OK the unicrown gets its name from the fact that the fork tubes are drawn and then bent into such a shape that the top of each blade forms the crown of the fork. Traditionally, steel bicycle forks have been built by brazing fork blades to a cast part called the "crown" with also is brazed to the steerer tube.

The FCC "box crown" fork has a crown that was simply made from a piece of 1" square 4130 tube that was machined to accept the steerer tube and the fork blades which were TIG welded to the crown. We used Columbus road bike steerer tubes which had rifling in the inside at the crown area to provide extra torsional rigidity. We used Tange Prestige road bike fork blades which were very light. The Tange blades presented a challenge for TIG welding since the chrome-moly was not optimized for welding and tended to undercut if the proper techniques were not followed by the welder. These forks were very light compared to the unicrown, but not as durable. After receiving some back that had developed cracks at the back of the blade / crown junction, we added gussets to improve the strength of that area.

The FCC YO fork was made from mitered tubes which formed the "crown" of the fork. The "blades" were 4130 tubes and I don't remember if those tubes were True Temper butted tubes or if they were just straight-gauge aircraft tube. A flat cap was cut from sheet stock and was welded to each blade which was fitted to the crown tubes and steerer tube, clamped in a jig, and then TIG welded. Fatigue testing of the first few prototypes revealed a potential for failure at the back of the fork so we added silver-brazed "tear-drop" gussets which were laser-cut from 4130 tube. I believe the silver brazing heat cycle helped to stress-relieve the TIG welds, but I have no conclusive engineering data to back that up. I always believed that the YO forks should have been heat-treated but that step was cost-prohibitive since we had no heat treating equipment and would have had to send them to a local shop.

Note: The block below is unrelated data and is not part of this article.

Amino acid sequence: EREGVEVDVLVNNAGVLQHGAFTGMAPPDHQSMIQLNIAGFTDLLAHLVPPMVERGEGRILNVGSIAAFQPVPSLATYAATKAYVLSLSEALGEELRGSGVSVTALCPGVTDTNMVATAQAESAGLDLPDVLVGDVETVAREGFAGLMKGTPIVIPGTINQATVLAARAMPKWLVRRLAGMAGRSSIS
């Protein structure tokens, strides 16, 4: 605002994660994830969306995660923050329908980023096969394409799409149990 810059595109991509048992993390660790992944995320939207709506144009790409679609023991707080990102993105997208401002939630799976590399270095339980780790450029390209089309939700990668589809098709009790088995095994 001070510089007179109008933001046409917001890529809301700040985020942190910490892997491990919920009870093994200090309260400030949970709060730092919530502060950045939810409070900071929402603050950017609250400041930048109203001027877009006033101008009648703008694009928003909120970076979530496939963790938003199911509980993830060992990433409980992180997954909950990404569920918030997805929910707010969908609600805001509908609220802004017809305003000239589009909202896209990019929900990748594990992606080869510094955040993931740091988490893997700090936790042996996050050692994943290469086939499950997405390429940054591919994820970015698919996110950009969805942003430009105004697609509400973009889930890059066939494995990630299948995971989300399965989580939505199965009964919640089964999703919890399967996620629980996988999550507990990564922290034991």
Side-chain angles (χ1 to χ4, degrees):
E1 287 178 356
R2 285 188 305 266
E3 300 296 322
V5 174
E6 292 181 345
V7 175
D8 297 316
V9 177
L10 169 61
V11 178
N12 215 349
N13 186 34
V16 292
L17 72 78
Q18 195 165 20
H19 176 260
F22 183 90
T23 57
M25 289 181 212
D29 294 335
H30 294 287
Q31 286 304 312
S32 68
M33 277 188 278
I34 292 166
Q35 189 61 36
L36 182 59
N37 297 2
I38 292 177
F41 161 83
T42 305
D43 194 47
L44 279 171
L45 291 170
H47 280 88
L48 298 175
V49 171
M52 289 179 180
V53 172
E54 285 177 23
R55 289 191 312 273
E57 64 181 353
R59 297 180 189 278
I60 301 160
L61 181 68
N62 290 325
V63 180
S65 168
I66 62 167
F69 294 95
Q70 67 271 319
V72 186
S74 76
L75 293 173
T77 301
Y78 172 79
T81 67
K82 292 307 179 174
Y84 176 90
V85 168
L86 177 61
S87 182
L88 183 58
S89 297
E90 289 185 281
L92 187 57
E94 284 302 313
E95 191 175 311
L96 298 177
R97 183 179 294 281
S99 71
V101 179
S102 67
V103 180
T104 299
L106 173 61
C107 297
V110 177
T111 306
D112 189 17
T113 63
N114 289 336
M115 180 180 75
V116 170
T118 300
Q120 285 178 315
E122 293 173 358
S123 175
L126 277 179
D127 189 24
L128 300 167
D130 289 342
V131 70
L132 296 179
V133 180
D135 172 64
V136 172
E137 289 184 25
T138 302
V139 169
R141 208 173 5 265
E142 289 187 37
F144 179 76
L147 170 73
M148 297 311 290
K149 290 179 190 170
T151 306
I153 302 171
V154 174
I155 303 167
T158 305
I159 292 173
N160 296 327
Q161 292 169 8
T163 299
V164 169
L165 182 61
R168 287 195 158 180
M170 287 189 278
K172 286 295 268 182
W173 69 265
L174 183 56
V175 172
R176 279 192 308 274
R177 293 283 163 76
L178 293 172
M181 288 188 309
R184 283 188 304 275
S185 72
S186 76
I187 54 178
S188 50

The original YO fork used 1.125" OD tubes for the crown and blades (or legs) and the BOI (Big One Inch) Yo fork used 1" OD tubes for the crown and blades.

Overall, the YO fork is superior to both the box crown and the unicrown for strength-to-weight ratio, torsional rigidity, and fatigue life performance. It just looks cool too.

To the best of my knowledge, FCC Somerville only produced forks with cantilever brake mounts. There may have been some customs or one-offs that had disc brake mounts but I don't believe we had any production forks with DB mounts.

Hope that answers your question
ENOUGH SNOW ALREADY!!
Scott
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Old February 2nd, 2011, 10:38 AM   #7
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Thanks Scott,

That definitely answers my question and curiousity on FCC fork evolution.

I hear yah on the whole snow issue - bring on Spring!

AB